Chamber orchestra captivates audience alongside male opera singer

Anthony Roth Costanzo, an American countertenor, sings opera in the Jorgensen theater Wednesday night. (Nicholas Hampton/The Daily Campus)

On Wednesday night, Jorgensen graced its audience with Les Violons du Roy, a French-Canadian chamber orchestra who blended both contemporary and baroque music whilst featuring countertenor Anthony Roth Costanzo.

Before the show, there was a pre-concert lecture with Jonathan Cohen, the new music director and conductor of Les Violons du Roy. He discussed how this is the orchestra’s first season on tour with himself as conductor, as the previous conductor and founder stepped down a few years earlier. He later went on to discuss how the concert compared and contrasted the worlds of baroque composer George Frideric Handel and contemporary composer Philip Glass.

The show began with three arias and four pieces by Handel. The orchestra walked on stage and was greeted by applause as they were followed by the conductor, Cohen and Costanzo. Once the applause ended they immediately went into the first piece, “Tolomeo, HWV 25: ‘Inumano fratel ... Stille amare.’"

Costanzo is famous for being a countertenor, a type of male singing voice known for its vocal range being equivalent to that of a female contralto or mezzo-soprano voice type. Not only did his voice hold the audience in a trance, but his movements tied together his performance to showcase “the emotional passion that Costanzo put into every note, and how much the ensemble played with,” Mike Baril, a first-semester music education and music composition double major with a jazz emphasis, said. “That’s part of the reason why I still go to see live music today, because you can’t get that off of recording.”

The first half of the concert featured Handel’s work, sung in Italian by Costanzo. Before Handel’s last piece was played, Costanzo left the stage for the orchestra to play the instrumental “Concerto grosso in D Minor, O'p. 6, No. 10, HWV 328.”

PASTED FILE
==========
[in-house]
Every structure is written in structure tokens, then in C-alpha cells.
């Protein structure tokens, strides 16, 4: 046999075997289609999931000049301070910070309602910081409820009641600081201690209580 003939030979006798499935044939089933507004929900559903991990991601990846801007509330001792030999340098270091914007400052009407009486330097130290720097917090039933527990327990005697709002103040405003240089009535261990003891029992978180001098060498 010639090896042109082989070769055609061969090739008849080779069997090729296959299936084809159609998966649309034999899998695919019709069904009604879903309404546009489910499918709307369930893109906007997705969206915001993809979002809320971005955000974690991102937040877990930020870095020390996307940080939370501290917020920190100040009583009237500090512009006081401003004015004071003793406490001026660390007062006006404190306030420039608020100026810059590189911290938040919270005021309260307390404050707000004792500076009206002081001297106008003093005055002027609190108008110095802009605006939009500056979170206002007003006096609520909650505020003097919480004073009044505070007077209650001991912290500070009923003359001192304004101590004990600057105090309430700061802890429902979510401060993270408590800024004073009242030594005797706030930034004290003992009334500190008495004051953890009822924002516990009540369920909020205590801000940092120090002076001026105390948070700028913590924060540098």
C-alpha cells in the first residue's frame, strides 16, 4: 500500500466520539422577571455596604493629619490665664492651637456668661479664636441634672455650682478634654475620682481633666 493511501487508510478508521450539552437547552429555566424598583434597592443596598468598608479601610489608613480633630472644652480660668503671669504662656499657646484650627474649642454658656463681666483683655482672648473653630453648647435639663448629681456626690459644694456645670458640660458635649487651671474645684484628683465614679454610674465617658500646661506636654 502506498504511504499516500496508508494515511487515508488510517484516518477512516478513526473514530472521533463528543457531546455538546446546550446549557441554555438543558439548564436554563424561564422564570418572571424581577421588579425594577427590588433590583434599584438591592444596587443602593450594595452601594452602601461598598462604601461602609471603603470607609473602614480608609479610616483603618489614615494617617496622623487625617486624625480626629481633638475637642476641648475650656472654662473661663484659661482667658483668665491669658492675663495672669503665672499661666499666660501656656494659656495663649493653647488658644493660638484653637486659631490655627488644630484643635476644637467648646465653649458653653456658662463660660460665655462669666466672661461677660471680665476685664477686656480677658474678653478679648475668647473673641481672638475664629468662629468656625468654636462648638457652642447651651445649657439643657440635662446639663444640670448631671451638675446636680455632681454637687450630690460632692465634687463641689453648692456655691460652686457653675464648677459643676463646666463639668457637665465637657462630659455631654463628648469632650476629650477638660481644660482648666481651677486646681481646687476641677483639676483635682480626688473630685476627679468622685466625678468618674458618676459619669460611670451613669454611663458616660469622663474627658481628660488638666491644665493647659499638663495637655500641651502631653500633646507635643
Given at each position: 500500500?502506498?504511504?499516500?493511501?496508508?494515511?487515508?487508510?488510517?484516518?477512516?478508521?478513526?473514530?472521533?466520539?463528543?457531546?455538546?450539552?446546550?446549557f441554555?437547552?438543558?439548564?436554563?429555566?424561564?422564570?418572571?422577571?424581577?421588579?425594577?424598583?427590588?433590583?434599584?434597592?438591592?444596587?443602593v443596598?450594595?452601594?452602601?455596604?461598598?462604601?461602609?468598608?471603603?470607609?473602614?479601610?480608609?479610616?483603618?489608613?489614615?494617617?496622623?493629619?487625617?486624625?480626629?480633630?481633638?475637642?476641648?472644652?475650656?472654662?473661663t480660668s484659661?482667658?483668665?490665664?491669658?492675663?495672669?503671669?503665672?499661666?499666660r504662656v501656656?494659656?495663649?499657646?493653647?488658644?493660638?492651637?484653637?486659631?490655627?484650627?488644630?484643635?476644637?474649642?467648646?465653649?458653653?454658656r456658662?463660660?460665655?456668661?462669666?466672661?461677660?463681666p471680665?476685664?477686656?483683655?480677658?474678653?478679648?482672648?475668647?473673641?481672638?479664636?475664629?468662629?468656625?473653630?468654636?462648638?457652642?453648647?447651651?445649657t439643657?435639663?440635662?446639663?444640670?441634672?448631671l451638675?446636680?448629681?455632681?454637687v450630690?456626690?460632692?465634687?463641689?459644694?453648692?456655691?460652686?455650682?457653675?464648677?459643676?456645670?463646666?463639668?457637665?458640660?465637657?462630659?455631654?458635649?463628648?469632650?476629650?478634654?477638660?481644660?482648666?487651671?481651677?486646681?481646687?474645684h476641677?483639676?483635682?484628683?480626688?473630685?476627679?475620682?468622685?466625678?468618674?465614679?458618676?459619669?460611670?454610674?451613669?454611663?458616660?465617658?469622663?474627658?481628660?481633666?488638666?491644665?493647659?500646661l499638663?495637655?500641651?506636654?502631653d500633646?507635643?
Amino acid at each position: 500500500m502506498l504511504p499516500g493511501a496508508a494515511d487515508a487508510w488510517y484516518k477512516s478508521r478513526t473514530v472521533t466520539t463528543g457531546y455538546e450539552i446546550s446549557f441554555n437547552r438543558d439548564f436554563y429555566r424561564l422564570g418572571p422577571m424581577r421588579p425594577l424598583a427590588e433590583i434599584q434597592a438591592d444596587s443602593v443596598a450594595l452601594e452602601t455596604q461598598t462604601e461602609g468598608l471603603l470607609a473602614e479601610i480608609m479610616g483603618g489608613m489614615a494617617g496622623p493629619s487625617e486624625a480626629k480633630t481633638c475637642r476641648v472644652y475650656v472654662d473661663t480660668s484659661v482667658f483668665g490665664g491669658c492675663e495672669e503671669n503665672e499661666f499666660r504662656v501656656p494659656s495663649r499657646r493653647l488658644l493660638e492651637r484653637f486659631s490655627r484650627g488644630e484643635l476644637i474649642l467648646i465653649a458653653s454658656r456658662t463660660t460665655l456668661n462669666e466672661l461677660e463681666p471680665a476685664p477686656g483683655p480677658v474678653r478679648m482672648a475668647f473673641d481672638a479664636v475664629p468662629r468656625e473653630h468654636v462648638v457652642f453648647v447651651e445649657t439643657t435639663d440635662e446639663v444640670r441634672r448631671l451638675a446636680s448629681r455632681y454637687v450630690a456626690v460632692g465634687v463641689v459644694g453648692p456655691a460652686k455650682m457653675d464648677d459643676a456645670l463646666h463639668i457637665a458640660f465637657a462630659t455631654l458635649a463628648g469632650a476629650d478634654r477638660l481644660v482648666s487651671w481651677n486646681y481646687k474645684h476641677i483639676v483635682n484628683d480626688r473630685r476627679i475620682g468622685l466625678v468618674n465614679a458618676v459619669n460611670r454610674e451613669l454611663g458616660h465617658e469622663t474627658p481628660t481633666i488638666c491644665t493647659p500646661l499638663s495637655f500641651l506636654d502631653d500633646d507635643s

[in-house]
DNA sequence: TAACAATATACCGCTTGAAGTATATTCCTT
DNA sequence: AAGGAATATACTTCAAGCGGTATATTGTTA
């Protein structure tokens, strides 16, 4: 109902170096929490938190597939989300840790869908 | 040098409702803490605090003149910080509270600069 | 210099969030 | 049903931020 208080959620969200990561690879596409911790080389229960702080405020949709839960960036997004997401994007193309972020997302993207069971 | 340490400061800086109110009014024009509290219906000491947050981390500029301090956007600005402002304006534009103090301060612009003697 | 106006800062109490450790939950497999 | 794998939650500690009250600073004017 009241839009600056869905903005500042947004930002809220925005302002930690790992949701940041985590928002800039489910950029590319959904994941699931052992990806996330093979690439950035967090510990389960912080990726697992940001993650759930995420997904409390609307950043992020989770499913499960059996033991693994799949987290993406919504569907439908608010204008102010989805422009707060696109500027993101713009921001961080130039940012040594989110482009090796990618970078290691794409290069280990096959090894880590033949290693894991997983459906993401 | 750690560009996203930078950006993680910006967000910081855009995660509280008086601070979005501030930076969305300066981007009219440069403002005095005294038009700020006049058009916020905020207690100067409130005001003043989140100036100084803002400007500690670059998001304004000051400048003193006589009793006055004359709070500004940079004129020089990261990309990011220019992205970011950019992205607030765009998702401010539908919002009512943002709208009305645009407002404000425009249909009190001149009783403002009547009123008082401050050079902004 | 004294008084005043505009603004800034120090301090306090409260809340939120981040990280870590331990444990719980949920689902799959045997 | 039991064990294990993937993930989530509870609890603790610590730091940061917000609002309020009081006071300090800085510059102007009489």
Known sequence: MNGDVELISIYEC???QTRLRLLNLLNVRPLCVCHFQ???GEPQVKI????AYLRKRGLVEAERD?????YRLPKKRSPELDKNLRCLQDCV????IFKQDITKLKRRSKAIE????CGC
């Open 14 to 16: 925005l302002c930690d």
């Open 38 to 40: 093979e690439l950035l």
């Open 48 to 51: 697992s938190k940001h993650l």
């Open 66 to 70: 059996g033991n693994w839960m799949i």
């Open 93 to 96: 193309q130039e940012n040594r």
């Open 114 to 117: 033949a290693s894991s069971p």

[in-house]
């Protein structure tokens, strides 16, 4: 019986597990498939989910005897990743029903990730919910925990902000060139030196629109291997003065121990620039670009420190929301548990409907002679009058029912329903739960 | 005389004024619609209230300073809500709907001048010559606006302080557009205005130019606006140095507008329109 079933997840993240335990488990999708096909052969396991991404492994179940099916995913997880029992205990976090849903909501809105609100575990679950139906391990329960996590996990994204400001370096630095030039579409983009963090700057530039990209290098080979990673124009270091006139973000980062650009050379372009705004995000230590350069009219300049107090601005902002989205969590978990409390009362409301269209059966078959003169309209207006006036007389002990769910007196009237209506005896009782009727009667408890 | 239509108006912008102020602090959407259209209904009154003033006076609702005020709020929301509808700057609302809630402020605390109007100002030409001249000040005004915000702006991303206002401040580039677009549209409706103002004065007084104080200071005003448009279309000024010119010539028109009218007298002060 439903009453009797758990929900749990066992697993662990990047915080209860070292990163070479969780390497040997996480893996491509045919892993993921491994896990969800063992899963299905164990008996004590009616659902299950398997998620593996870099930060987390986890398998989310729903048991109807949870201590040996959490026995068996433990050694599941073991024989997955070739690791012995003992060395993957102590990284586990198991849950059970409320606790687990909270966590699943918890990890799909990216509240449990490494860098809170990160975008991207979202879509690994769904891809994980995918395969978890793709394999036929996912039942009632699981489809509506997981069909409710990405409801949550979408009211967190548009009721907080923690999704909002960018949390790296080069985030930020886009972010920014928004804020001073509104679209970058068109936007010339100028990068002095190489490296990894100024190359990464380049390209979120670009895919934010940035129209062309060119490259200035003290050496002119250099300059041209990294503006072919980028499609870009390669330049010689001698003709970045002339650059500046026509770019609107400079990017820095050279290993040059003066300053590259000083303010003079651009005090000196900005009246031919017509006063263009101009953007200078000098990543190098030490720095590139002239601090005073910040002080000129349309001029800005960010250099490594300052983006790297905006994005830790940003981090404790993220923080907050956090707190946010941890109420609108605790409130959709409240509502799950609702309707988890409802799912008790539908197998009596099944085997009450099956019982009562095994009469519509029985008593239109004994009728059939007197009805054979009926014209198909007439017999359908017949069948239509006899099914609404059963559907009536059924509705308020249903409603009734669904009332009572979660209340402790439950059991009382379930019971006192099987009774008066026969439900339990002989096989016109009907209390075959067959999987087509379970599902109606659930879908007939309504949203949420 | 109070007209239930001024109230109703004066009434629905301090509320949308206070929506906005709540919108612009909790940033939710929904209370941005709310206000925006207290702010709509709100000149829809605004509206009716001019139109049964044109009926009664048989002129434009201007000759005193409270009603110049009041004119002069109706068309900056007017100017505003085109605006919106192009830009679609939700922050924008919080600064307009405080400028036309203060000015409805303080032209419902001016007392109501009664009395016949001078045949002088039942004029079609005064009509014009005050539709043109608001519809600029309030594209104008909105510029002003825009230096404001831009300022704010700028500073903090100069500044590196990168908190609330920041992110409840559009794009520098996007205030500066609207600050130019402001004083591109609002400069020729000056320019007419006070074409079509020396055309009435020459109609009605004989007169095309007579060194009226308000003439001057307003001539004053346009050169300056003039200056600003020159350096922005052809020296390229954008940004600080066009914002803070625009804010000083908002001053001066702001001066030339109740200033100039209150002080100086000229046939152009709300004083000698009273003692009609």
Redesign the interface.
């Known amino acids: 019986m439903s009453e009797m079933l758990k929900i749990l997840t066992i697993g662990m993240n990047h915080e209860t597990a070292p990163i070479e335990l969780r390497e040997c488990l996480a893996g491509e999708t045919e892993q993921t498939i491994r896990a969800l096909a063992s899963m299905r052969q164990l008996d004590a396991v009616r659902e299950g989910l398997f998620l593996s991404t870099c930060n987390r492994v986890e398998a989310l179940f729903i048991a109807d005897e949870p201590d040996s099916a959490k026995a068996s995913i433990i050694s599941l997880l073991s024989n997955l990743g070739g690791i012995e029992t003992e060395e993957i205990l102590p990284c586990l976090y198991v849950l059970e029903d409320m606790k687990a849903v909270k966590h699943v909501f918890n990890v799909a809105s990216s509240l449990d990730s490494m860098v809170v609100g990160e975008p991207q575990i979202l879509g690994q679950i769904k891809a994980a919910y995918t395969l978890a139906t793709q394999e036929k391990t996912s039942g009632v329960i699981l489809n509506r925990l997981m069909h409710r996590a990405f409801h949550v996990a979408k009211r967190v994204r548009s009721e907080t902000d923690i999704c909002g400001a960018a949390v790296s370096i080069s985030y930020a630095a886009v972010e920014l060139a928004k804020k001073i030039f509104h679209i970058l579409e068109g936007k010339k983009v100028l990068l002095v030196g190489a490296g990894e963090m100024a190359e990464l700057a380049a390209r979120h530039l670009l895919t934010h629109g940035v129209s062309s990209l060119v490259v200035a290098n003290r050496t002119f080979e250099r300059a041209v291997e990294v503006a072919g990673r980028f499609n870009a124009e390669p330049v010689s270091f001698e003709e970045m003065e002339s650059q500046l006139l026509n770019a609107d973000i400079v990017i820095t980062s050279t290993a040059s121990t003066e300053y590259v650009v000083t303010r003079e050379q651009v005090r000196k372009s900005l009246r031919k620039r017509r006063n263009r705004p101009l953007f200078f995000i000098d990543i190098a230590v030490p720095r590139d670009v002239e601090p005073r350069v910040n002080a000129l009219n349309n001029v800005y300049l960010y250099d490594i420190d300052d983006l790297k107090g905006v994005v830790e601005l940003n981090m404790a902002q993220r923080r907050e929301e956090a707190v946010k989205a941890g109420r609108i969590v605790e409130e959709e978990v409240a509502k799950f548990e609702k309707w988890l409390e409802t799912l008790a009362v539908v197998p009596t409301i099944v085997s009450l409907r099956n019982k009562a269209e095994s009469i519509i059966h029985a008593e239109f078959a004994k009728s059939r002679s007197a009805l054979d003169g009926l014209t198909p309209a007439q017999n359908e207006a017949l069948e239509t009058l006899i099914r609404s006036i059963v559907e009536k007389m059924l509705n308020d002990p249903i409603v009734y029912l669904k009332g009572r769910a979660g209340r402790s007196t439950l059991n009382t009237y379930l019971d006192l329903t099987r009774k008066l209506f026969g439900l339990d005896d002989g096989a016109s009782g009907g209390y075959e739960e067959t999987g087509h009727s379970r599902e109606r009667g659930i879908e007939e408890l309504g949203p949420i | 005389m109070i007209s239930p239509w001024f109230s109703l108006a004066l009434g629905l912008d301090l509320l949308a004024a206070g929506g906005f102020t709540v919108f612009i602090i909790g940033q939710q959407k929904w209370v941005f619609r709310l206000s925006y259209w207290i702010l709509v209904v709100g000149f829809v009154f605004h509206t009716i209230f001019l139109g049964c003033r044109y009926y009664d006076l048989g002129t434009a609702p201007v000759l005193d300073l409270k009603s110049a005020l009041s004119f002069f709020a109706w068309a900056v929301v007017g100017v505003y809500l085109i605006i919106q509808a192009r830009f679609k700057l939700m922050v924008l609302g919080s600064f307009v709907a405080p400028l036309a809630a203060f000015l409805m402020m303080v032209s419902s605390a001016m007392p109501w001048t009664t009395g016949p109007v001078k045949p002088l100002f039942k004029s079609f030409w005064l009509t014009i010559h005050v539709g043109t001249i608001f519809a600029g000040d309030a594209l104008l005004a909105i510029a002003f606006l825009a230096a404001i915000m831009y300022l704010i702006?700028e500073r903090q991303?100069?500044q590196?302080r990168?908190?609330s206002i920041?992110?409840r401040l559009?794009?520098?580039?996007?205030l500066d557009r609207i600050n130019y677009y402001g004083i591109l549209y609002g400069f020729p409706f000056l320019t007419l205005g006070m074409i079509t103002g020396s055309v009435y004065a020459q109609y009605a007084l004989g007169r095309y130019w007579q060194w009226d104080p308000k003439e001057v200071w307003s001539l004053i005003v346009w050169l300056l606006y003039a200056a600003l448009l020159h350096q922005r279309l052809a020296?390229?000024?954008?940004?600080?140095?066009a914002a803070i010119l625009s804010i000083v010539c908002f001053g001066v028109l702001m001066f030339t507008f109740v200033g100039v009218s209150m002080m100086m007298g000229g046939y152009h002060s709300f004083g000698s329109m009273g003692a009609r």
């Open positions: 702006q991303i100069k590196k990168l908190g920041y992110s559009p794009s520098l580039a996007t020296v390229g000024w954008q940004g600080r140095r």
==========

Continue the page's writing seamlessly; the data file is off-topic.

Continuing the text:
Following Handel’s last piece, “Regina de'Langobardi, HWV 19: ‘Vivi tiranno,’” there was a brief intermission where various members of the audience roamed and talked about how taken aback they were by Costanzo’s singing.

“He’s one of the few real countertenors, which is a gift on its own. His ability to really act while he sings...many male opera singers will only do it somewhat, but he gets fully in character. It’s completely different characters for some of the arias he did back to back, and he does it seamlessly. He really conveys the emotion well through that acting,” Baril said.

The second half of the show included Philip Glass’ music, a contemporary set that displayed just as much emotion as Handel’s work. Some of Glass’ music weaves together pop elements, especially in “Songs from Liquid Days: ‘Liquid Days, Part 1’” which was originally performed with David Byrne, the lead singer and guitarist of American rock band “Talking Heads.”

“I did like the contrast of the [baroque] style music and there was one song [Liquid Days, Part 1] in particular, that was kind of a pop song but in this classical style, [rearranged] for the orchestra and opera,” Emilie Alber, a first-semester mechanical engineering major, said.

After the last piece “1000 Airplanes on the Roof: ‘The Encounter’" had played its final note, Les Violons and Costanzo were met with a standing ovation.

“I think as musicians, we’re like actors really,” Cohen said.“We have to play the scene and we have to play in the moment and the great thing about being in concert is you play the note and then it’s gone. You’re really creating it at every moment. I love that sense of concentration where all the actors, as well as musicians, are striving for something in the moment.”


Brandon Barzola is a campus correspondent for The Daily Campus. He can be reached via email at brandon.barzola@uconn.edu.